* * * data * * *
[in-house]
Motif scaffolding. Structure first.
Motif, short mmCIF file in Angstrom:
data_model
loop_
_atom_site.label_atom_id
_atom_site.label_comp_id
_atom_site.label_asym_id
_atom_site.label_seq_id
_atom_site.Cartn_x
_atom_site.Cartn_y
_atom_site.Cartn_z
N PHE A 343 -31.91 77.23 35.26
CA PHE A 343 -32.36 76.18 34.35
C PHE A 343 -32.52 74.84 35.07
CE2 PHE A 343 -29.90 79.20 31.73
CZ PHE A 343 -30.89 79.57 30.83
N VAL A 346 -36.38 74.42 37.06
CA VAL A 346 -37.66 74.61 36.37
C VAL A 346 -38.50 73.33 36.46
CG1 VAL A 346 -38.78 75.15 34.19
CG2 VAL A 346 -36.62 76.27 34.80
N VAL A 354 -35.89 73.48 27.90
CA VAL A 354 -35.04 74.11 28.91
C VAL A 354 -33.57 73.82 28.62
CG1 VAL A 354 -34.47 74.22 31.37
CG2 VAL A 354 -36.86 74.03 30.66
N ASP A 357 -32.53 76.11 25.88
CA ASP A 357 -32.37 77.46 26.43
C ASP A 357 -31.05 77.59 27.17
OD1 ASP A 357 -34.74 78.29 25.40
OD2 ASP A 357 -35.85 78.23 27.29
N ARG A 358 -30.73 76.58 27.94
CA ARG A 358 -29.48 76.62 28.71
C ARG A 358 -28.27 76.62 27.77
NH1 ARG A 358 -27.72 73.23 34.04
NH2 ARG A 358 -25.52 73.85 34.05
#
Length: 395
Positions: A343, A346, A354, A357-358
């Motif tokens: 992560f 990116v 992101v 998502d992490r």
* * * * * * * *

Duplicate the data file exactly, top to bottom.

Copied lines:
[in-house]
Motif scaffolding. Structure first.
Motif, short mmCIF file in Angstrom:
data_model
loop_
_atom_site.label_atom_id
_atom_site.label_comp_id
_atom_site.label_asym_id
_atom_site.label_seq_id
_atom_site.Cartn_x
_atom_site.Cartn_y
_atom_site.Cartn_z
N PHE A 343 -31.91 77.23 35.26
CA PHE A 343 -32.36 76.18 34.35
C PHE A 343 -32.52 74.84 35.07
CE2 PHE A 343 -29.90 79.20 31.73
CZ PHE A 343 -30.89 79.57 30.83
N VAL A 346 -36.38 74.42 37.06
CA VAL A 346 -37.66 74.61 36.37
C VAL A 346 -38.50 73.33 36.46
CG1 VAL A 346 -38.78 75.15 34.19
CG2 VAL A 346 -36.62 76.27 34.80
N VAL A 354 -35.89 73.48 27.90
CA VAL A 354 -35.04 74.11 28.91
C VAL A 354 -33.57 73.82 28.62
CG1 VAL A 354 -34.47 74.22 31.37
CG2 VAL A 354 -36.86 74.03 30.66
N ASP A 357 -32.53 76.11 25.88
CA ASP A 357 -32.37 77.46 26.43
C ASP A 357 -31.05 77.59 27.17
OD1 ASP A 357 -34.74 78.29 25.40
OD2 ASP A 357 -35.85 78.23 27.29
N ARG A 358 -30.73 76.58 27.94
CA ARG A 358 -29.48 76.62 28.71
C ARG A 358 -28.27 76.62 27.77
NH1 ARG A 358 -27.72 73.23 34.04
NH2 ARG A 358 -25.52 73.85 34.05
#
Length: 395
Positions: A343, A346, A354, A357-358
């Motif tokens: 992560f 990116v 992101v 998502d992490r």